It seems there are few aspects of modern life in which politicians and medical professionals are content not to meddle. But the hospitality sector must experience more than its fair share of interference. In this week alone, we have seen three debates over how much the Government should regulate areas directly affecting the industry.
The first of these was sparked by chef Antony Worrall Thompson, a patron of smokers' group Forest, who called for a review of the smoking ban](http://www.caterersearch.com/Articles/2011/08/24/339921/antony-worrall-thompson-launches-petition-for-smoking-ban-review.htm). Say what you like about Worrall Thompson (and if you look at our [Table Talk forum](http://www.caterersearch.com/tabletalk/forums/smoking-ban-review-14985.aspx), many people do), he does raise a valid point. The ban has undeniably contributed to the increased closure rate of pubs over the past few years.
Few would argue for a repeal of the ban, and Caterer and Hotelkeeper is not among them, but it does demonstrate the rule of unintended consequences.
That is why proposals to introduce a [tax on "junk food"](http://www.caterersearch.com/Articles/2011/09/01/340075/39Fat-tax39-plans-under-fire.htm) should be considered with extreme caution. Reducing obesity is a laudable aim, but how should junk food be defined? What happens to indulgent restaurant and pub dishes, eaten only occasionally by diners who just want to forget the slavery of calorie counting for a day?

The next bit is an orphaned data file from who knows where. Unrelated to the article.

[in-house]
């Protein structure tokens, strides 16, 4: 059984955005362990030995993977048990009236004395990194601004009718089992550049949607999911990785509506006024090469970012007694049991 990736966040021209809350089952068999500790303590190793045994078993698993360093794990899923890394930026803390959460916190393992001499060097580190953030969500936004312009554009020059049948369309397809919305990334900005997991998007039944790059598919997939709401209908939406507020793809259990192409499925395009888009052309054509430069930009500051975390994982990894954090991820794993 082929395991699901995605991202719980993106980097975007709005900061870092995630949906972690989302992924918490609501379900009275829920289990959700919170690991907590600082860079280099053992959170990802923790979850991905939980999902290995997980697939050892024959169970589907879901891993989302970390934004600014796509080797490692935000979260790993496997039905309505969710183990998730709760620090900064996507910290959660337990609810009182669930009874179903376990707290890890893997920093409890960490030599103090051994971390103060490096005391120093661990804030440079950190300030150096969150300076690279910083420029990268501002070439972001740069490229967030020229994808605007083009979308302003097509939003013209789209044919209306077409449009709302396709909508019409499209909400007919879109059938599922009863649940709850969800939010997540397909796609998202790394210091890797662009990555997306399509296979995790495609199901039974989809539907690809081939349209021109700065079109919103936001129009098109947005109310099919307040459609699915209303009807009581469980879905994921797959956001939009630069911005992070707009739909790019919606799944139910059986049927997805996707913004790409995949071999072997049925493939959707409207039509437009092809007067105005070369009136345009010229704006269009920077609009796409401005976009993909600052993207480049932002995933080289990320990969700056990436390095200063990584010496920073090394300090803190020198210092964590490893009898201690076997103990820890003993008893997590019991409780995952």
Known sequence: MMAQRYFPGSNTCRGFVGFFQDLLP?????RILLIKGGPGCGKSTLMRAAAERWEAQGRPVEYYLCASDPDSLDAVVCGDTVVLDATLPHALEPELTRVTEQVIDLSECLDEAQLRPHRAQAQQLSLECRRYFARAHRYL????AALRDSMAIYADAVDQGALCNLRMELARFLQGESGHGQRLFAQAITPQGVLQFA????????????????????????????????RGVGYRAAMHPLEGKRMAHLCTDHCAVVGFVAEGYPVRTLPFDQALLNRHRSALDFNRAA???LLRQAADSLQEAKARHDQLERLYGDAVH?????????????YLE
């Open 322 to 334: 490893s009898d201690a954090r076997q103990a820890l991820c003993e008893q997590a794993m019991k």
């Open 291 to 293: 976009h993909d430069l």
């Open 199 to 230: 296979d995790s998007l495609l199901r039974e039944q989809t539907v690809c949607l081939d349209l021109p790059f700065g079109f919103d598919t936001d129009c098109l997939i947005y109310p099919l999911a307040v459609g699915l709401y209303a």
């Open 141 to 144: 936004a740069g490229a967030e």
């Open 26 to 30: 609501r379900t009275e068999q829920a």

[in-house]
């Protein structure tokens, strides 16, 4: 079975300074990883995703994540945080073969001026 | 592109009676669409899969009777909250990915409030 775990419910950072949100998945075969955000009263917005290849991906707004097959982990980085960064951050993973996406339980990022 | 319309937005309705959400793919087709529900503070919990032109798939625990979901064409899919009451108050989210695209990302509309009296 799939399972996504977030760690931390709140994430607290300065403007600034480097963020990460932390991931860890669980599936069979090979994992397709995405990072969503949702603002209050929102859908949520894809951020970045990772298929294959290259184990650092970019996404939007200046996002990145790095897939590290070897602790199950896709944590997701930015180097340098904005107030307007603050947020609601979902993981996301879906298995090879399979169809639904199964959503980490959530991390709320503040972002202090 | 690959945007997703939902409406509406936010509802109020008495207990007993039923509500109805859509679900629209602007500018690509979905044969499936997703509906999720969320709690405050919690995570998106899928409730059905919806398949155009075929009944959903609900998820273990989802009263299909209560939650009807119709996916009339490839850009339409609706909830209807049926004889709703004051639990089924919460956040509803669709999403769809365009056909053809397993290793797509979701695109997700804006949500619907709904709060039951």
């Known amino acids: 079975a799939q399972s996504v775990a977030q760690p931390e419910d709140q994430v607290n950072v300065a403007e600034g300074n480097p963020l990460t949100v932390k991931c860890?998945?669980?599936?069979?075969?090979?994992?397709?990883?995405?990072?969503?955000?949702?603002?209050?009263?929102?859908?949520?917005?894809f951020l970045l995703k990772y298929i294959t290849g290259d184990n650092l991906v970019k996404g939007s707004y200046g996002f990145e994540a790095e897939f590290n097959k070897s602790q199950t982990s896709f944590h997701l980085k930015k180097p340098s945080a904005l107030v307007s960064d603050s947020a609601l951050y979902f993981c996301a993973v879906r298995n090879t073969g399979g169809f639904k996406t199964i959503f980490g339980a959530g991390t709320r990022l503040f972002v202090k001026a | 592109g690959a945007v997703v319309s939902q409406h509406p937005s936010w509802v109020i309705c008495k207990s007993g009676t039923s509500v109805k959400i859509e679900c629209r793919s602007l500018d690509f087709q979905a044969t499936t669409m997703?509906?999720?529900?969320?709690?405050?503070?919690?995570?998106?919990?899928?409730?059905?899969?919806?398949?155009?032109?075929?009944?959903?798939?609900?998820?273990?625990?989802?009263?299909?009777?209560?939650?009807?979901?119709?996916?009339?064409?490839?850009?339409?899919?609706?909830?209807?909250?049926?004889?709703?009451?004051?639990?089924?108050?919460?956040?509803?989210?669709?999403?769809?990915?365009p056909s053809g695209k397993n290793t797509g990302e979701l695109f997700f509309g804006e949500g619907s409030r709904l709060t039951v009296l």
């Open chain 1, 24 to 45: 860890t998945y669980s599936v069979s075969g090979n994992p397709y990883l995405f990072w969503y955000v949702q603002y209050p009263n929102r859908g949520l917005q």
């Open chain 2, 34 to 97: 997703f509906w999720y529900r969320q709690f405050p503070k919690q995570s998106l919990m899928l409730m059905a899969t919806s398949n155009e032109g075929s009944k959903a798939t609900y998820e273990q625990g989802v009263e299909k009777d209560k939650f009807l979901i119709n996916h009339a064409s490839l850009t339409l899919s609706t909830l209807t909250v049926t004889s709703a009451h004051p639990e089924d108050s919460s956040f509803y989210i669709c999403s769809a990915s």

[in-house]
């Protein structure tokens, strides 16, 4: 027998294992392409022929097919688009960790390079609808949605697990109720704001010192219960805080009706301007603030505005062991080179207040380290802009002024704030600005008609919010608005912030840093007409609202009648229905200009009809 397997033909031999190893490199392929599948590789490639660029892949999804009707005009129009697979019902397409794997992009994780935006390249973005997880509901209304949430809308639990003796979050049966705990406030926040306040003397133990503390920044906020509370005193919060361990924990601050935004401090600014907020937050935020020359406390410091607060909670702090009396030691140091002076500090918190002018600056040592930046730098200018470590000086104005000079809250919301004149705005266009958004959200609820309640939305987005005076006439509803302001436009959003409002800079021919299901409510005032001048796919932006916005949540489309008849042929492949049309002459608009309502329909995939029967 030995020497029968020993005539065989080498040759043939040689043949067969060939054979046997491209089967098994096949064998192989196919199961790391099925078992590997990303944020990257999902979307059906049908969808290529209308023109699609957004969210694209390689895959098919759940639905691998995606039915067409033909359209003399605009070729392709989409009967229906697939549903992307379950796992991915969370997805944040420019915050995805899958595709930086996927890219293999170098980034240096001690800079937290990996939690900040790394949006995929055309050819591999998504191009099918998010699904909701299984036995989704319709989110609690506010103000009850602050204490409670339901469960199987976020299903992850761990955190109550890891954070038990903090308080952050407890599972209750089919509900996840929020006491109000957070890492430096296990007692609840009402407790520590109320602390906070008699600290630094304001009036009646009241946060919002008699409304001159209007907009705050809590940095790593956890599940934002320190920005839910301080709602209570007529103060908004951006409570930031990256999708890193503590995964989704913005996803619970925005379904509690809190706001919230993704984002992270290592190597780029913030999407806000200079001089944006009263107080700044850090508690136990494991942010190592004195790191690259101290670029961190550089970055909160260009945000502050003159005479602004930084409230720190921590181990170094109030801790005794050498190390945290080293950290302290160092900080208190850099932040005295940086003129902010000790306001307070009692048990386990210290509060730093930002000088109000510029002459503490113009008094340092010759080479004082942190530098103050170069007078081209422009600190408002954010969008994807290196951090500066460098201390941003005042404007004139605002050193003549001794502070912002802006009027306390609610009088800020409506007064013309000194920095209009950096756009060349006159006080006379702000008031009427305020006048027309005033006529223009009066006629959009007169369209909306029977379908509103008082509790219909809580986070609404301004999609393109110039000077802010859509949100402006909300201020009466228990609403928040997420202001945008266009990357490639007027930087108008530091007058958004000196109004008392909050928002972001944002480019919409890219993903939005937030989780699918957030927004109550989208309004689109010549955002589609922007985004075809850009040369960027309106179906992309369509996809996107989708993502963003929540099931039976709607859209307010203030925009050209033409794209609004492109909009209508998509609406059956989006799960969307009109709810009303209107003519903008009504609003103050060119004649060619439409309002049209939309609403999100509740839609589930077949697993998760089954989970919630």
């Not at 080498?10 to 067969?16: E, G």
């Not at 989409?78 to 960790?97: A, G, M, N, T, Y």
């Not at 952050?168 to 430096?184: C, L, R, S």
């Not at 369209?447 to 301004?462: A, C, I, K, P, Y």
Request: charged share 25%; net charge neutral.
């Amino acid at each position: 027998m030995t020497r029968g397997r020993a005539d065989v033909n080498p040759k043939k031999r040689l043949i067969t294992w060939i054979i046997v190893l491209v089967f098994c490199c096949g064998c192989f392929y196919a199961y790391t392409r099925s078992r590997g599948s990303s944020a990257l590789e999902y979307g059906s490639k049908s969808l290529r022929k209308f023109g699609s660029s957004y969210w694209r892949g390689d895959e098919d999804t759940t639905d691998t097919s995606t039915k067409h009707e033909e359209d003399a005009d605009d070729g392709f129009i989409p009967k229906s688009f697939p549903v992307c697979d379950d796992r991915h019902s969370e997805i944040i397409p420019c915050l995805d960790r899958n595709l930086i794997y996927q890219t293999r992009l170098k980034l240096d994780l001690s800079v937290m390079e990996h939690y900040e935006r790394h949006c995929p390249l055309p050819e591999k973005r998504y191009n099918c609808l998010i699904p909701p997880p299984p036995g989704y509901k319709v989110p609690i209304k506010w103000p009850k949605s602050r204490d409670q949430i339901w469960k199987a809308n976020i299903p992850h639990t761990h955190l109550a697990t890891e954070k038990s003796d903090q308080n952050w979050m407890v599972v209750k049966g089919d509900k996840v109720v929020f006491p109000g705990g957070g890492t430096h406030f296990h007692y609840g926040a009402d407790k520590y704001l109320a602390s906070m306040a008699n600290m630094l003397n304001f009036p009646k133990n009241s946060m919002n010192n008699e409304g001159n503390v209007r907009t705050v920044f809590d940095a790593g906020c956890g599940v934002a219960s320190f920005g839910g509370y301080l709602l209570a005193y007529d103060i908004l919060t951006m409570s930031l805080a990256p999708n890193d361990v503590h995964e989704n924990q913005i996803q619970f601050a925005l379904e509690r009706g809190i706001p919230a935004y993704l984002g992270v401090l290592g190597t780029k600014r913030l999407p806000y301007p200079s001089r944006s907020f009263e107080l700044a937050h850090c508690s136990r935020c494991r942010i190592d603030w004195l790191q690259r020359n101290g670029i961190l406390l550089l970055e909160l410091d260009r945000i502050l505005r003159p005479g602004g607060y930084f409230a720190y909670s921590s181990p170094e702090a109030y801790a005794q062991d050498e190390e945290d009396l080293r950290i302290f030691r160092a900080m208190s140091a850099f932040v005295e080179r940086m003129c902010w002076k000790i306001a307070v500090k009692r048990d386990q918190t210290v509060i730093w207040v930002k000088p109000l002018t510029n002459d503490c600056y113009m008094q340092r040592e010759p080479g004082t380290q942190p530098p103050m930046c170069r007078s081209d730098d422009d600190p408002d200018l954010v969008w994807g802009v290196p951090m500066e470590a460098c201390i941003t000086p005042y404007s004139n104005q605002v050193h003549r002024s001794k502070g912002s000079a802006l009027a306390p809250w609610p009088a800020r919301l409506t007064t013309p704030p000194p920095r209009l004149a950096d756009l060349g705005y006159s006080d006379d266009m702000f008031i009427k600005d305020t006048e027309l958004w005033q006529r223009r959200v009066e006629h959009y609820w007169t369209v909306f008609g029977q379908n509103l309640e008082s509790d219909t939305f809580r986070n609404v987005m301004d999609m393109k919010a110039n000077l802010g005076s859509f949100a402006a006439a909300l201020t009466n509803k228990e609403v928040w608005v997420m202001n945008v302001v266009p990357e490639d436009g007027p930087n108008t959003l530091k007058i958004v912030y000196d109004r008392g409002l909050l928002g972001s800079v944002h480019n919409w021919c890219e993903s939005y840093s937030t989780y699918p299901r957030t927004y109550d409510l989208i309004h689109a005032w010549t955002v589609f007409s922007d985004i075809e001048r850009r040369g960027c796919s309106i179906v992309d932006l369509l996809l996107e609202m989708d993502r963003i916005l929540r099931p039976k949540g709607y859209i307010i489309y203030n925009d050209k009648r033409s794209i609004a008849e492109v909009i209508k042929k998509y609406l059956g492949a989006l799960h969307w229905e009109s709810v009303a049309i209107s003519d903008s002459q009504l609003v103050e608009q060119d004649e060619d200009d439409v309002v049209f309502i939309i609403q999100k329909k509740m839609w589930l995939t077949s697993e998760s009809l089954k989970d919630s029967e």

And what of Lib Dem plans to allow local councils to add a [surcharge to drinks in pubs and clubs](http://www.caterersearch.com/Articles/2011/08/30/340062/Lib-Dems-propose-drinks-surcharge-to-tackle-binge-drinking-policing-and.htm) to help pay for the policing and clean-up costs of binge drinking? No one likes unruly, drunken behaviour, but would the local supermarkets be subject to the same treatment? After all, we know that many drinkers "pre-load" on cheap off-licence booze long before they ever set foot in a pub.
Legislation, once introduced, can create unforeseen consequences and be extremely difficult to reverse. The industry should certainly offer choice to consumers, but it should not be responsible for the health of the nation.
By Neil Gerrard
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